It's funny how much of home we carry within us, though, and how those everyday details you took for granted growing up feel so comforting after you've left. My parents' house always has some sort of warm, vanilla-cinnamon, we-just-baked-something scent, and I still don't quite know where it comes from because my mom definitely isn't a candle person. (One friend once joked, "It's probably just your mom, because if she had a scent, that would be it — all warm and cozy and Fall-like.")

I found that scent, though, in (yes) a candle I bought recently, and it's almost silly how much I've come to love it. I may not live in the same house, and the odd San Francisco mix of pines and palm trees may be a far cry from the tall oaks I'm used to, but damn if it doesn't smell like home around here. And damn if it doesn't feel like home, too... Although, you know, that probably has more to do with Radley than all the maple-hazelnut candles I'm burning, but still. The details help.

(Above, our home in San Francisco, and below, my hometown.)

October 27, 2014

on having the courage to change your mind.

There are a lot of reasons why I love Lena Dunham, and a lot of reasons why I love her book, but it's mostly because she has a way of being both hilarious and poignant all at the same time. Of the many Lena quotes I love, there's one that stuck out to me in her book, Not That Kind of Girl. While talking about one of her past relationships, and wanting to end it, she said, "It's okay to change your mind. About a feeling, a person, a promise of love. I can't stay just to avoid contradicting myself."

Her words are simple — it's okay to change your mind — but they struck a chord, echoing the same strange, hard-to-pinpoint problem so many of my friends have mentioned lately.

In the past month or so, one girlfriend told me she's doesn't want to "give up" on her city. Another told me she doesn't want to leave her job because she's "not a quitter," and another said she wasn't happy, but she wasn't going to end her relationship because it's "what she chose." All of them were disappointed in one way or another, and all of them felt guilty about that — about feeling disappointed, as if what they'd chosen for themselves had been wrong, a mistake. Their fault.

That isn't the way it works, though, you know? Just because something isn't right right now, that doesn't mean it never was. That doesn't mean it was a wrong choice, or that when you turned one way, you should have turned another. It just means that what worked for you before doesn't work for you anymore, and that might have everything or nothing to do with your choices. Things change, and your feelings about them can change, too, and even though that can seem a little bit unsettling, wouldn't it be far more unsettling to be so stubborn and so scared that you never let go of anything, just because you wanted to prove something to yourself?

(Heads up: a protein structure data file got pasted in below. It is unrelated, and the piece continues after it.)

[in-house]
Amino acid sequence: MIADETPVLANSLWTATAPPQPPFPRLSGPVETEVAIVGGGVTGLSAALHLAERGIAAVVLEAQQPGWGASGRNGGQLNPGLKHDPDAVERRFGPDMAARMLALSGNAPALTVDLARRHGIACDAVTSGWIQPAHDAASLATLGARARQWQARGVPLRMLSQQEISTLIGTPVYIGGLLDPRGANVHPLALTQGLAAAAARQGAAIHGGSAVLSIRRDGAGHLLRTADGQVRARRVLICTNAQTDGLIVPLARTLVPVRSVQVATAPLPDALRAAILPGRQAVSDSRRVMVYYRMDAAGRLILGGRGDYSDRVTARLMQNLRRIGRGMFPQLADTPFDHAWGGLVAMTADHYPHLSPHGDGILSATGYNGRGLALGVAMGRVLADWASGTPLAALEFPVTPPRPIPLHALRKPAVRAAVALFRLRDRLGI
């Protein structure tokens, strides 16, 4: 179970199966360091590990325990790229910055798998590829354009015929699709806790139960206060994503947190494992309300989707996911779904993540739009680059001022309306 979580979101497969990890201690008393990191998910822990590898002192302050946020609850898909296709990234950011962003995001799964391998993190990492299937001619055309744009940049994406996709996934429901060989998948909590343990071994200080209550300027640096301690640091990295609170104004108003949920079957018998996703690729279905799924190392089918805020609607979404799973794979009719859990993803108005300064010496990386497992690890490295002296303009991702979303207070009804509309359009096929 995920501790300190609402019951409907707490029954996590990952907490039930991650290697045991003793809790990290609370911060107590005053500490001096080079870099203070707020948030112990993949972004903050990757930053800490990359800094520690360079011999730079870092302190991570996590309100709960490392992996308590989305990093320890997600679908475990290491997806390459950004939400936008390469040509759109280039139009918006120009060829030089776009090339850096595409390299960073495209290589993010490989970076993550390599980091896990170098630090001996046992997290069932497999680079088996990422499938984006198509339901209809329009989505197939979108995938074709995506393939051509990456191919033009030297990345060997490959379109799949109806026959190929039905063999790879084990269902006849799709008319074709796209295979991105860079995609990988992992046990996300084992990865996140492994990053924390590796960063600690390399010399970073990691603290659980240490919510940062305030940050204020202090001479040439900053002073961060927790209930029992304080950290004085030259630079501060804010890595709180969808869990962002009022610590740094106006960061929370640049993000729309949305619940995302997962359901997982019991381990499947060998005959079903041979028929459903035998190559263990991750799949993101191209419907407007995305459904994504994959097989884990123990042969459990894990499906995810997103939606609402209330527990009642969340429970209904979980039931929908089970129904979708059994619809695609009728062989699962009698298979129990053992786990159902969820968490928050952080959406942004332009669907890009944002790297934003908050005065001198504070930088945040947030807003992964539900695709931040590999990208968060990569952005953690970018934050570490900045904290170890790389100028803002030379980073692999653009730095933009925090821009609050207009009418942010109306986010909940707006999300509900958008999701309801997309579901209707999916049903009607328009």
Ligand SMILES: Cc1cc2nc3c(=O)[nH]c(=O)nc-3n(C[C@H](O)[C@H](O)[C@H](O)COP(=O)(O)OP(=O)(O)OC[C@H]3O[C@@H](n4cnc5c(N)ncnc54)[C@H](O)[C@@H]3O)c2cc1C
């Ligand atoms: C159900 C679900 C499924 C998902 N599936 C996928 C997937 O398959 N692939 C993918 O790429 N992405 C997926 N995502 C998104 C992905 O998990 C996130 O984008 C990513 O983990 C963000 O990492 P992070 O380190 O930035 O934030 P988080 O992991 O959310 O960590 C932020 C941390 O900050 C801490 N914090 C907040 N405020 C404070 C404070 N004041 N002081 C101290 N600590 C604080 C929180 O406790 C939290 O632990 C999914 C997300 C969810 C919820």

The strength isn't in holding on to something just to prove yourself right. The strength is in being mindful and self-aware enough to move on when you know that's what you need to do.

There's a lot of courage in quitting, I think.

October 20, 2014

some birthday musings for radley.

Today Radley turns 27 years old — exactly six months after I did, because opposites attract or something? — and as usual, I find myself looking back at birthdays past. Over the last couple years, I've written him little birthday notes, so it felt only appropriate to do the same today, too.


Dear Radley,

I remember when you turned 21. We'd only been together a short time, but as we sat at that long table with all our friends, drinks and brand-new memories between us, I watched you laugh until you cried and I thought that I'd like to be beside you for more birthdays. Maybe even all of them.

I remember when you left the keys in your motorcycle not once, but twice, and I remember sitting together, waiting for help, and the way you blushed when you said you'd forgotten because you were nervous, because you were excited to see me. Sometimes, when you're sweetly embarrassed, I see that same smile. You've changed so much, but all the right things have stayed the same.

I remember when we were walking along the beach between our houses and you were genuinely worried about me stepping barefoot on the sidewalk. You offered me your size-14 flip flops and I laughed and laughed, and when I walked over a sharp rock, you didn't say I told you so.

I remember when we moved in together and everyone thought we were crazy and we did too, and then we had a picnic in the living room and I decided crazy was a good thing to be.

I remember when someone asked me to tell them all about you, and all I could say was, "He's just so good." It's been six years and sometimes that's still the best way to say it. You're so good.

I remember our wedding day, and your face when we saw each other. It was quiet, the only sound my dress rustling along the brick walkway, and you were stepping back and forth, one foot to the other, so nervous I thought I'd laugh and sob at the same time. And then your face. Your face.

To all the birthdays that still lie ahead, XO

And letters from birthdays past...

October 14, 2014

today i believe...


... that — okay, I'm biased — but there's just nothing like crossing the Golden Gate Bridge first thing in the morning.

... that you don't have to embrace pumpkin-spice everything just because it's Fall.

… that it's okay to say you're not okay.

... that the best way to be a long-distance friend is to remember the little things.

... that each day, it's important to create little pockets of time that are yours and only yours.

... that love in 2014 is when someone passes over the phone charger when their phone is dead, too.

... that, ohmygod, the Banks song "Beggin For Thread" will never, ever get old.